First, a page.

A drug information centre in the US developed a list of gluten-free manufacturers in February 2009 [12] and stated that the list would be a good starting place for practitioners when searching for gluten-free medications, and even provided links to some websites with information about the gluten content of medicines. However, since excipients and manufacturing processes can change over time, their advice was that it is essential to check on demand with the manufacturer regarding each specific product. The list was updated by the original authors in November 2009 [13] and July 2012 [14], including the gluten content of the top 200 medications in the US, sorted by retail sales and total number of prescriptions. The authors also included an updated list of manufacturers that claimed to be gluten-free in March 2010 [16].

Likewise, Cruz et al. [15] analysed the manufacturer’s package insert to see if there was a statement indicating the presence of gluten, and if the information was not clearly identified, the manufacturer was contacted. The responses were collected in a database, adding the source and contact data. 70.2% of the responses resulted in inconclusive findings.

In terms of manufacturing policies of gluten-free medications, a survey was carried out in the US (1998) [17]. Only 5 out of 100 pharmaceutical companies reported having a policy for producing gluten-free products. The researchers classified companies into those that indicated if their products were gluten-free and those that indicated they did not add ingredients derived from wheat, oats, barley, rye or spelt to products. The results showed that most of the manufacturers believed that, regardless of not having defined a clear policy to guarantee it, their products were gluten-free, even if they could not guarantee that ingredients purchased from other sources were free from minute amounts of gluten contaminants.

Knowledge of healthcare professionals regarding CD and the prescription and dispensation of gluten-containing medications (n = 3) [7, 18, 19]

Pharmacists’ contribution to medication safety is historically focused on dispensation. Pharmacists have played a key role in determining whether using medications could compromise gluten-free adherence in susceptible patients [7]. Also, it has been described that pharmacists who perceive the signs and symptoms of CD can refer the patient to a physician, thus reducing the time to diagnosis [7, 18]. In order to help pharmacists achieve this goal, Mangione et al. [7] reviewed a broad range of information on the management of CD and also provided advice on how to recognise the gluten content of a medicine. This review was updated in 2011 [18], encouraging healthcare professionals to contact manufacturers to obtain, corroborate or update information on the gluten content of their products.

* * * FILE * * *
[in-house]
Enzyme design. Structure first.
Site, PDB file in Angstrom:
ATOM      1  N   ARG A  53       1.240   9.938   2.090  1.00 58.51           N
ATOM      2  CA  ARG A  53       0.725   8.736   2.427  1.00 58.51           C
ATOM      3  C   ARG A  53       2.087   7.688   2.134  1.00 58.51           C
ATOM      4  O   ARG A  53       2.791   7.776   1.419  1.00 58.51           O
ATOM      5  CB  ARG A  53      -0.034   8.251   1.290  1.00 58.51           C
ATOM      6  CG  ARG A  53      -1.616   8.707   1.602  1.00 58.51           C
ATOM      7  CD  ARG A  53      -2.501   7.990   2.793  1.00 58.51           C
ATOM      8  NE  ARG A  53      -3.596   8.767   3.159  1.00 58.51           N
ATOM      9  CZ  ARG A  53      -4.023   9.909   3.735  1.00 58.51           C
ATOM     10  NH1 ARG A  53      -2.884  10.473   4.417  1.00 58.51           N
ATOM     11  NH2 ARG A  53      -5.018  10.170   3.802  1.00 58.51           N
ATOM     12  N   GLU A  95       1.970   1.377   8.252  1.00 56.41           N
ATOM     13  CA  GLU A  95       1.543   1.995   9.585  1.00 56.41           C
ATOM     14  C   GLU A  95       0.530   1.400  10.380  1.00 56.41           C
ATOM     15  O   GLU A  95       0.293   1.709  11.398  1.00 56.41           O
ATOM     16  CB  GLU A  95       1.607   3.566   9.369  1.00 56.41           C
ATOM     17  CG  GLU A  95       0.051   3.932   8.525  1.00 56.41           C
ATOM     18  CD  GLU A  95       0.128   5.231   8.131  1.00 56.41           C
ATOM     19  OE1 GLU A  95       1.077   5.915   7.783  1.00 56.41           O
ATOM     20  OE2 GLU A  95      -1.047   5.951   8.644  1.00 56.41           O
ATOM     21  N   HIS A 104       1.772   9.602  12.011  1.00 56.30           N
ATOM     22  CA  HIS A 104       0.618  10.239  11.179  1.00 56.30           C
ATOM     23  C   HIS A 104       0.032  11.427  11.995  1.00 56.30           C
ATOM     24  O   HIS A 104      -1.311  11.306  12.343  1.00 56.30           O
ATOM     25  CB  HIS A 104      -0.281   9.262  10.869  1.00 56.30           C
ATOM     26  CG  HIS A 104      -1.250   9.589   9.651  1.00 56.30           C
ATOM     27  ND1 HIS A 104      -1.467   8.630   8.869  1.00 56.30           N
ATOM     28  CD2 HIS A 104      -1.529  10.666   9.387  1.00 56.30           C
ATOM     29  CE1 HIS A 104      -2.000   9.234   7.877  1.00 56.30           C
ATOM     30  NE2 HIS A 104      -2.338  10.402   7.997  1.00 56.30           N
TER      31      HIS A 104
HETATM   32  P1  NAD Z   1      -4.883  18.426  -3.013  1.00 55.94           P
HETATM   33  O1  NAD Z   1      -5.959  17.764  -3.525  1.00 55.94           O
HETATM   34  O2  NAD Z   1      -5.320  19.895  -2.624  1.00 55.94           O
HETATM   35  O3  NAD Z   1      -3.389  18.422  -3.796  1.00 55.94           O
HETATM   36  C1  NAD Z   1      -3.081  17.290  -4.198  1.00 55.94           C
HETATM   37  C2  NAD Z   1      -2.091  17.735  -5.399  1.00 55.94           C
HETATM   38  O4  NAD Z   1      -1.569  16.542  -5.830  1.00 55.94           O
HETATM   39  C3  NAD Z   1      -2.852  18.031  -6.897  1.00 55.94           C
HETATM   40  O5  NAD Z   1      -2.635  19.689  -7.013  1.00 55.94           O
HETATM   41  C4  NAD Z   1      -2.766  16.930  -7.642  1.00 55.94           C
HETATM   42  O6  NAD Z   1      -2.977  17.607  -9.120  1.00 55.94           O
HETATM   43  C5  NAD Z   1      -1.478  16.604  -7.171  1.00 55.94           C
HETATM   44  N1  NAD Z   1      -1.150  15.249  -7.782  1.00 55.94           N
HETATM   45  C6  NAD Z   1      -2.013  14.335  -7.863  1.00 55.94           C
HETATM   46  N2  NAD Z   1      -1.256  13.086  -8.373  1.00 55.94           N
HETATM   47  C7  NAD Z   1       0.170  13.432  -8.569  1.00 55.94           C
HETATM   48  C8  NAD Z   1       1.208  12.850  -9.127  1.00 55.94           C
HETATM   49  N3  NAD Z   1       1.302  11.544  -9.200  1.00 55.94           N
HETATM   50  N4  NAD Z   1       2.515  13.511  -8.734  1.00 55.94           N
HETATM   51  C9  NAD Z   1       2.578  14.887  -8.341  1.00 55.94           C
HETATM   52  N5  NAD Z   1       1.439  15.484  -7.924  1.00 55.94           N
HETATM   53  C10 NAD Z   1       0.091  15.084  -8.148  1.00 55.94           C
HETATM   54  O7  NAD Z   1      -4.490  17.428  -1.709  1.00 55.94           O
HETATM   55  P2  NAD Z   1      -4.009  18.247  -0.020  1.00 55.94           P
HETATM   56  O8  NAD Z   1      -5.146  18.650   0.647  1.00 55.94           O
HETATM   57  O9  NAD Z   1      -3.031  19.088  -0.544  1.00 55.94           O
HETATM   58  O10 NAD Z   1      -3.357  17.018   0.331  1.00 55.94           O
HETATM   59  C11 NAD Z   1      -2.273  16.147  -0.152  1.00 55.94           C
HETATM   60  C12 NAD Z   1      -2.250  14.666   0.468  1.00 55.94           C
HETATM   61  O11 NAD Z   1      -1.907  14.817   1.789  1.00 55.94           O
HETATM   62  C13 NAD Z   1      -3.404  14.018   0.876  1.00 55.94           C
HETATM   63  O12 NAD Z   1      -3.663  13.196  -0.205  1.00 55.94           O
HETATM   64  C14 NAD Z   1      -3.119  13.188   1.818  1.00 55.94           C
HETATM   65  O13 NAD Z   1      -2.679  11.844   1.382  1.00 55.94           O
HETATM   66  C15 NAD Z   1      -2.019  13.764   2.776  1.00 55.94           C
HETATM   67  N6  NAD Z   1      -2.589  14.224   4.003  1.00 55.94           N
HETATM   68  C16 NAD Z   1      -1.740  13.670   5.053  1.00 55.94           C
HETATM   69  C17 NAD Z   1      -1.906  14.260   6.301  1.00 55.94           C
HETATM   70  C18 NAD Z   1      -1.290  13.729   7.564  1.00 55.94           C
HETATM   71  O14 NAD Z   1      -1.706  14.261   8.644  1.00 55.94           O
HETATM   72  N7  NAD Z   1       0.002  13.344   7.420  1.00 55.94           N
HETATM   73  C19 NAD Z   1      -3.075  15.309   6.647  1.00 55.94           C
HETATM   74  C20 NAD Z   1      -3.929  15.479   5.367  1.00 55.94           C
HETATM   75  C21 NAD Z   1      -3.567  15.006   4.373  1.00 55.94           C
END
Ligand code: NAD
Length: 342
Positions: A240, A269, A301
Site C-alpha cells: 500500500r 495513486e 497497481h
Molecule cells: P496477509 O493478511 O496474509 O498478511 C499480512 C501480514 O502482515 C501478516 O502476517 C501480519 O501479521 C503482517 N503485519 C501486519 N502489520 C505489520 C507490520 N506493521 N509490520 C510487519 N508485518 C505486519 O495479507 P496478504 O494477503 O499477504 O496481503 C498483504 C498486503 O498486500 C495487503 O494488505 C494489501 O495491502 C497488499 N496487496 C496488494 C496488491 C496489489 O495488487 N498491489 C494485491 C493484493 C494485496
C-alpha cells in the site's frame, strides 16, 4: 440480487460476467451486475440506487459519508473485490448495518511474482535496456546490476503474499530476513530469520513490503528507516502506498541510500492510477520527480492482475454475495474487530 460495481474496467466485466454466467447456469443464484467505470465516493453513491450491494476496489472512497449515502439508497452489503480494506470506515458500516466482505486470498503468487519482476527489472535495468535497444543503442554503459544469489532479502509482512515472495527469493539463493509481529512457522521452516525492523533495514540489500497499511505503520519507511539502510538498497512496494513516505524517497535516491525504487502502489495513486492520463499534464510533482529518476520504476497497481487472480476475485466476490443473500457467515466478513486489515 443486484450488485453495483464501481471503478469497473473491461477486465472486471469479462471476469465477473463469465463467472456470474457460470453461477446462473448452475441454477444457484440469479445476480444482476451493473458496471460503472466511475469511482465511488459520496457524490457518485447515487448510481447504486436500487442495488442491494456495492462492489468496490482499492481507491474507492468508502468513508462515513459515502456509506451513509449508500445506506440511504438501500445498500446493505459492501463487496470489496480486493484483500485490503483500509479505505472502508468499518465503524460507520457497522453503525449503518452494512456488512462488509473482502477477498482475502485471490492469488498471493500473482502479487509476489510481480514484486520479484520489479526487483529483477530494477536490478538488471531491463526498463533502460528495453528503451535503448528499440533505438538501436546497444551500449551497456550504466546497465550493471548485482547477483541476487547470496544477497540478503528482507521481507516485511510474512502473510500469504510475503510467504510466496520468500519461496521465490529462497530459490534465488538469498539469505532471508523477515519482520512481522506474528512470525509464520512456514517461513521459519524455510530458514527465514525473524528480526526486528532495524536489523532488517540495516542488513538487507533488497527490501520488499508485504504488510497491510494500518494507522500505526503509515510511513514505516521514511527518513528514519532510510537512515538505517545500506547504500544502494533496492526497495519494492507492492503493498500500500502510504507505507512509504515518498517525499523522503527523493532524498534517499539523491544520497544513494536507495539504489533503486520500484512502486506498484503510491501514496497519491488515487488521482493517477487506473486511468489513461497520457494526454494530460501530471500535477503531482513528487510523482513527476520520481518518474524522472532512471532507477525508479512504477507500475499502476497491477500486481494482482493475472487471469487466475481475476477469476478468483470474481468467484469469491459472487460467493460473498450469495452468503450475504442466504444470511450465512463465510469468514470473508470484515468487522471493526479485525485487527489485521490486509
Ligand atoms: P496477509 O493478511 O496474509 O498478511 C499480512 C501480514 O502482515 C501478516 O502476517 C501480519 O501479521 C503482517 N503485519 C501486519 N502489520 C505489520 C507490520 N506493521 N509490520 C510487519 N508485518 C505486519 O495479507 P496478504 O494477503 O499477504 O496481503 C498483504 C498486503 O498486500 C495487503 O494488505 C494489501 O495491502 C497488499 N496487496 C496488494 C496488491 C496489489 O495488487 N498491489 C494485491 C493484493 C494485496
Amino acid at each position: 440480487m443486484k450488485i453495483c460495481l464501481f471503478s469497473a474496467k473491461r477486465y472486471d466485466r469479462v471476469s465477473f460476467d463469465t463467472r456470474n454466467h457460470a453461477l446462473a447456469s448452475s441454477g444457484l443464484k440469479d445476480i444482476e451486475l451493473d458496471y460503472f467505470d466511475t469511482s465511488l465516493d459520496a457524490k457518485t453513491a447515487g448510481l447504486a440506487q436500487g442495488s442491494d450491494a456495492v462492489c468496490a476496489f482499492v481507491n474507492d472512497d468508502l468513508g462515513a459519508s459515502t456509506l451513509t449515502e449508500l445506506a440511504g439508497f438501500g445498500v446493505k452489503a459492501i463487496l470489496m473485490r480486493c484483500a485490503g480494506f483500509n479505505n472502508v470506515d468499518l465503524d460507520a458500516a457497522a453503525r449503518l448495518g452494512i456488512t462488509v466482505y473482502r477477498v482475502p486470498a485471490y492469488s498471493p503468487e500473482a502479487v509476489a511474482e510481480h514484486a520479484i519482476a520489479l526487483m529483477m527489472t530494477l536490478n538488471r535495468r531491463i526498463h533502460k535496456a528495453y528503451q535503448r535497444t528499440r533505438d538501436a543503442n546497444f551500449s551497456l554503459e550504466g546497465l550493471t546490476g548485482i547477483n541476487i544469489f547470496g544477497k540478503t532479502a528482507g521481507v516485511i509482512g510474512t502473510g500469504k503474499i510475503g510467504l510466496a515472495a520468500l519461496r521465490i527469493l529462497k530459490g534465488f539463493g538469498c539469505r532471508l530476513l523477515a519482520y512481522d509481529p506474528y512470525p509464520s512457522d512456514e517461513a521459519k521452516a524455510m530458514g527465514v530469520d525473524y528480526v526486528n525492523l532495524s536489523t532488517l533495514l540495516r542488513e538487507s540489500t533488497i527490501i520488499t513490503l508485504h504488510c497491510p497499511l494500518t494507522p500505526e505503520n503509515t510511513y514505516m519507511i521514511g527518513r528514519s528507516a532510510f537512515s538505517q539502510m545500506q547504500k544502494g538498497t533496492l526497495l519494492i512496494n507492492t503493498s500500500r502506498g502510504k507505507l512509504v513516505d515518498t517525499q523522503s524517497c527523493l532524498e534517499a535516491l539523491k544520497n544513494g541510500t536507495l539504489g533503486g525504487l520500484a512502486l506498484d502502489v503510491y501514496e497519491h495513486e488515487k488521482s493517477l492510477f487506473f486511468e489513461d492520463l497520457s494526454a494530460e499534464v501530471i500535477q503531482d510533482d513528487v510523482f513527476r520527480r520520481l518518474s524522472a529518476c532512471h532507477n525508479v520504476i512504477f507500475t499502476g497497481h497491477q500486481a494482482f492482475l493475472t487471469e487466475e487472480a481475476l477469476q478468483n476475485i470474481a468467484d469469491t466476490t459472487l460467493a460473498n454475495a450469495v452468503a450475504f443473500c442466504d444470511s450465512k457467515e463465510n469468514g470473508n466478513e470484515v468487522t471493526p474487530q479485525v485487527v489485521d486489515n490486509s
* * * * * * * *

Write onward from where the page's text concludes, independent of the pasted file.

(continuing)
In order to evaluate the self-assessment and actual knowledge of CD and to identify areas where additional training may be needed, a survey of pharmacists was conducted in 2018 [19]. Results indicated that 95% of all respondents agreed that pharmacists play a role in identifying the disease. However, while many community pharmacists knew the most common facts about CD, 41% of them perceived themselves as having poor or limited knowledge of the disease, and only the 27% that reported their understanding of CD to be basic or advanced correctly defined the disease.

Barriers to health professionals’ knowledge of gluten-containing/gluten-free medications (n = 0)

No studies were retrieved under this category.

Analysis of medicines to determine gluten content (n = 1) [20]

Unlabeled gluten is a concern for patients with CD and related disorders, as a risk of adverse events related to medicines. As a strategy to support healthcare professionals in raising awareness of the necessity for periodic monitoring and assessment of major sources of risk, fifty-nine prescription and non-prescription medicines were analysed in the US in 1994 [20], with the aim of developing a test to detect gliadin in medicines. The assay revealed that gliadins were found in most of the pharmaceutical products tested (71.2%).

Knowledge of patients with CD about gluten content of medicines (n = 1) [21]

In order to characterise the problem of unlabeled gluten and to determine the gluten content of medicines reported to have caused adverse reactions, a survey was conducted of CD and NCGS patients and published in 2014 [21]. Two hundred forty-two different medicines suspected of causing a gluten-related reaction were identified and 39 of them (24 prescription and 15 non-prescription medicines), selected according to the number and severity of reported reactions, how often the medicine was used and the ability to exclude common (non-gluten related) side effects, were tested in duplicate for the presence of gluten. It was found that some medicines (n = 3) were over the level of quantification of gluten for the first testing, but there were no medicines over the level of quantification for the second assay.